We had a very short connection of less than 1 hour in Bangkok after a slight delay to our previous Thai Airways flight taking off from Heathrow. Once we had navigated Bangkok airport, the flight was already boarding when we arrived. They told us that if we had missed the flight, they would have easily been able to place us on the next one.
We had a lovely sunset view at Bangkok Airport while waiting for the flight to take off.
The cabin crew did the safety demonstration and shown on screens.
Ready for takeoff!
On board, the plane had a 3-3 configuration. It was a full flight despite multiple daily departures from Bangkok to Phuket.
Boarding was a speedy process. The cabin crew were helping people put their bags in the overhead compartments.
The seats were quite basic but doable for a very short flight. The cushion even fell off when my daughter sat on it, and the seats had noticeable wear and tear.
The tray tables were similar to those you get on EasyJet.
Food and Drinks
I had pre-booked a vegetarian meal when checking in with Thai Airways. Shortly after takeoff, there was a food and drink service where I was given a vegetable and cheese sandwich and a bottle of water.
The sandwich was cheese with squished carrots and peas. The children’s sandwich was just cheese. It was very nice despite the off combination.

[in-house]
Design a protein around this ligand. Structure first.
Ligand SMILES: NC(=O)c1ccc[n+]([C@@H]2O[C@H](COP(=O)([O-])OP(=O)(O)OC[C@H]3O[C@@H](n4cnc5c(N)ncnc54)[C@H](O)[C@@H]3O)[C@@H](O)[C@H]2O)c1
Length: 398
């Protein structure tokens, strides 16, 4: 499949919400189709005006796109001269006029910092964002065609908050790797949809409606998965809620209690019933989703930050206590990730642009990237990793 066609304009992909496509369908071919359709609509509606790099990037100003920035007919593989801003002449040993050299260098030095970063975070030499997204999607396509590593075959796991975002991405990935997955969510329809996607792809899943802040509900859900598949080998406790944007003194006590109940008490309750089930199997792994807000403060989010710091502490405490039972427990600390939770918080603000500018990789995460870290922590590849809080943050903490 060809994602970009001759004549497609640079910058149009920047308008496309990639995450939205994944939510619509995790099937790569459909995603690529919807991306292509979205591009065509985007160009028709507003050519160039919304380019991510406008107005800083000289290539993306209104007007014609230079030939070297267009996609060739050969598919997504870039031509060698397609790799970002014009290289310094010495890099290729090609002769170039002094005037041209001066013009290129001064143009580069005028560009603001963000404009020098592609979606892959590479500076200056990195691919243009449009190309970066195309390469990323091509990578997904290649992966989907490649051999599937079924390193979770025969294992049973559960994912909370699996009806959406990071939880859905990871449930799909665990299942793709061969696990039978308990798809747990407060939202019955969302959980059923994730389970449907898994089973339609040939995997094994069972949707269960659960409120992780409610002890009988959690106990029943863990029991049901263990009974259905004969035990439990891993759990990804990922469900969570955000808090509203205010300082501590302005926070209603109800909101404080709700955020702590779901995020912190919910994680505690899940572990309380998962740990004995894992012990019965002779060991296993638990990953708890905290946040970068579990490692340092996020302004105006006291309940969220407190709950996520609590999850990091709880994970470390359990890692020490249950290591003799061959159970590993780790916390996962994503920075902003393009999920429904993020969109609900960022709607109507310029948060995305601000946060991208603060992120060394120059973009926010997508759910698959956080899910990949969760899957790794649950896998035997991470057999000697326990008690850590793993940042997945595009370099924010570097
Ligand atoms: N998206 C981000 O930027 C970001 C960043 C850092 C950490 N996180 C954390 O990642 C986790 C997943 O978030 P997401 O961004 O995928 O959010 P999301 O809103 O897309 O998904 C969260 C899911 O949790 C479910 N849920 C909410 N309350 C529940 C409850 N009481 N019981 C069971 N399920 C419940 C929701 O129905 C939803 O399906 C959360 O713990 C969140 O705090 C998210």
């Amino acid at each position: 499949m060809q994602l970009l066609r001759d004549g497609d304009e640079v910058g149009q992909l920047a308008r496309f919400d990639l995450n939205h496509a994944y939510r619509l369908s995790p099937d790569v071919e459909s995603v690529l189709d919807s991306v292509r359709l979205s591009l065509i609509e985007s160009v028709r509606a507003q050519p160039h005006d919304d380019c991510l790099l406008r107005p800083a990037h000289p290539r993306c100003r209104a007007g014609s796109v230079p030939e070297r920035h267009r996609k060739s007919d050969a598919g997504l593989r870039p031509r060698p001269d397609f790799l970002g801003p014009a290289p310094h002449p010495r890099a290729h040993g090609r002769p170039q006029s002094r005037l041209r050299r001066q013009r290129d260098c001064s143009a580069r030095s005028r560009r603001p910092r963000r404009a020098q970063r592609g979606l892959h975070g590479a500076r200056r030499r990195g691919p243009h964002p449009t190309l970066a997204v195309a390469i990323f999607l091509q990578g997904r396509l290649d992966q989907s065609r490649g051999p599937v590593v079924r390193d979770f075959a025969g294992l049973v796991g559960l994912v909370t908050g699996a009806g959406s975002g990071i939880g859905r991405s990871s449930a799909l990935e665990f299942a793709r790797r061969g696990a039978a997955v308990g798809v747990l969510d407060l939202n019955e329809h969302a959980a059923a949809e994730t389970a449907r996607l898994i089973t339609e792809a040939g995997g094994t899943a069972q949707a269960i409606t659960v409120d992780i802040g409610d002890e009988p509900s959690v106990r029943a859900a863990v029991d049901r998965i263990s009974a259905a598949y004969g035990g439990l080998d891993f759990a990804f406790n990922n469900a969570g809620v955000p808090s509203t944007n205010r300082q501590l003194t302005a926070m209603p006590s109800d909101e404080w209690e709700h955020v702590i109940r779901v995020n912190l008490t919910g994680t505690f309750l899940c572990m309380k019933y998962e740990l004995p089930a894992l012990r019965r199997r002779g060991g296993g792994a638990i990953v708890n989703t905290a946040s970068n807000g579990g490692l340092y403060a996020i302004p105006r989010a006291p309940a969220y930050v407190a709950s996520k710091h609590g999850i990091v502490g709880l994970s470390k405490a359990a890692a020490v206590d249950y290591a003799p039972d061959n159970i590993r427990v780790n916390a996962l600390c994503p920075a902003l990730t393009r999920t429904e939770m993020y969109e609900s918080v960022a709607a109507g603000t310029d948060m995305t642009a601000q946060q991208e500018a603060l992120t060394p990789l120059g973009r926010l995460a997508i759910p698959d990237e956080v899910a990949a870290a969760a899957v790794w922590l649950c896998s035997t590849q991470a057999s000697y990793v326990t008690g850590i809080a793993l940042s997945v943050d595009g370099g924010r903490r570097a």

After the sandwich, the cabin crew did a tea and coffee service. I opted for tea.
The Journey and Arrival
The flight was enjoyable overall. With lots of turbulence on the previous flight, the takeoff and landing were smooth, and there were some fantastic views as we neared the Thai islands at sunset.
Other Airlines for Domestic Flights in Thailand and Flying Across Southeast Asia
If you are looking into the best airlines for travelling around Asia, several other airlines operate flights around Thailand and to nearby countries, as well as well-known carriers.
Here’s everything you need to know:
As Asia’s boutique airline, Bangkok Airways offers personalised service and exclusive airport lounges.
Bangkok Airways operates some rare routes in Thailand, such as Krabi to Koh Samui. The airline also connects to several international destinations across Asia.
Class Options: Bangkok Airways offers a business class known as Blue Ribbon Class, featuring comfortable seating, priority services, and exclusive lounge access.